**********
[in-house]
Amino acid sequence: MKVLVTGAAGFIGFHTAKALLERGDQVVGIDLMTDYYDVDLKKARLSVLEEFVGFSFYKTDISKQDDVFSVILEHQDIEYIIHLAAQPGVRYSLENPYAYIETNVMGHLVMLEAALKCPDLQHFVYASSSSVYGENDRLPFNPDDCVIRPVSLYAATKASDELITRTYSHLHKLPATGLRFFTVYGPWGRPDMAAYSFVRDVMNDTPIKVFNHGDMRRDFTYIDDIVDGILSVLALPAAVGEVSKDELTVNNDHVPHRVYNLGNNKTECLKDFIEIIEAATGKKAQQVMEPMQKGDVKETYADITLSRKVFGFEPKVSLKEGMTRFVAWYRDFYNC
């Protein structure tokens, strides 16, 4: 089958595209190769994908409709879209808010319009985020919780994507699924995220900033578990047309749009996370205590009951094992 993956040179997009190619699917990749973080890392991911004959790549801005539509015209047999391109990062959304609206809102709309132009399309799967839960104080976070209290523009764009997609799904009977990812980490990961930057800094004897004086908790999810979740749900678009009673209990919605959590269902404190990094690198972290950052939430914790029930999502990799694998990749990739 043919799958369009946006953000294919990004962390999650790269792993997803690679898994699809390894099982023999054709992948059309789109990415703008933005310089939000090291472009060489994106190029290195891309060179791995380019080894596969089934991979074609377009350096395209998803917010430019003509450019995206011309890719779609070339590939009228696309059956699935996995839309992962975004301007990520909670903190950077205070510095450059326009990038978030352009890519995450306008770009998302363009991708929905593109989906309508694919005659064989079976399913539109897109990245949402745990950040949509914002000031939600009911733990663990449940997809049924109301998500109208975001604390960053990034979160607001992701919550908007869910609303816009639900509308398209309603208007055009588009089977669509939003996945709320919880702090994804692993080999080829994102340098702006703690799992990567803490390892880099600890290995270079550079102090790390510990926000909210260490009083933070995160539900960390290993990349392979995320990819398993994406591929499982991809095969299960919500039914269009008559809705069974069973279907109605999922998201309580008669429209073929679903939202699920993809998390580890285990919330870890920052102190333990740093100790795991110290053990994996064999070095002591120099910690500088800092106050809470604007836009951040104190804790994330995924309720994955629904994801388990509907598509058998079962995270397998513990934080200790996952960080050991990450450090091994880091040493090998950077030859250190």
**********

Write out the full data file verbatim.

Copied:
[in-house]
Amino acid sequence: MKVLVTGAAGFIGFHTAKALLERGDQVVGIDLMTDYYDVDLKKARLSVLEEFVGFSFYKTDISKQDDVFSVILEHQDIEYIIHLAAQPGVRYSLENPYAYIETNVMGHLVMLEAALKCPDLQHFVYASSSSVYGENDRLPFNPDDCVIRPVSLYAATKASDELITRTYSHLHKLPATGLRFFTVYGPWGRPDMAAYSFVRDVMNDTPIKVFNHGDMRRDFTYIDDIVDGILSVLALPAAVGEVSKDELTVNNDHVPHRVYNLGNNKTECLKDFIEIIEAATGKKAQQVMEPMQKGDVKETYADITLSRKVFGFEPKVSLKEGMTRFVAWYRDFYNC
């Protein structure tokens, strides 16, 4: 089958595209190769994908409709879209808010319009985020919780994507699924995220900033578990047309749009996370205590009951094992 993956040179997009190619699917990749973080890392991911004959790549801005539509015209047999391109990062959304609206809102709309132009399309799967839960104080976070209290523009764009997609799904009977990812980490990961930057800094004897004086908790999810979740749900678009009673209990919605959590269902404190990094690198972290950052939430914790029930999502990799694998990749990739 043919799958369009946006953000294919990004962390999650790269792993997803690679898994699809390894099982023999054709992948059309789109990415703008933005310089939000090291472009060489994106190029290195891309060179791995380019080894596969089934991979074609377009350096395209998803917010430019003509450019995206011309890719779609070339590939009228696309059956699935996995839309992962975004301007990520909670903190950077205070510095450059326009990038978030352009890519995450306008770009998302363009991708929905593109989906309508694919005659064989079976399913539109897109990245949402745990950040949509914002000031939600009911733990663990449940997809049924109301998500109208975001604390960053990034979160607001992701919550908007869910609303816009639900509308398209309603208007055009588009089977669509939003996945709320919880702090994804692993080999080829994102340098702006703690799992990567803490390892880099600890290995270079550079102090790390510990926000909210260490009083933070995160539900960390290993990349392979995320990819398993994406591929499982991809095969299960919500039914269009008559809705069974069973279907109605999922998201309580008669429209073929679903939202699920993809998390580890285990919330870890920052102190333990740093100790795991110290053990994996064999070095002591120099910690500088800092106050809470604007836009951040104190804790994330995924309720994955629904994801388990509907598509058998079962995270397998513990934080200790996952960080050991990450450090091994880091040493090998950077030859250190």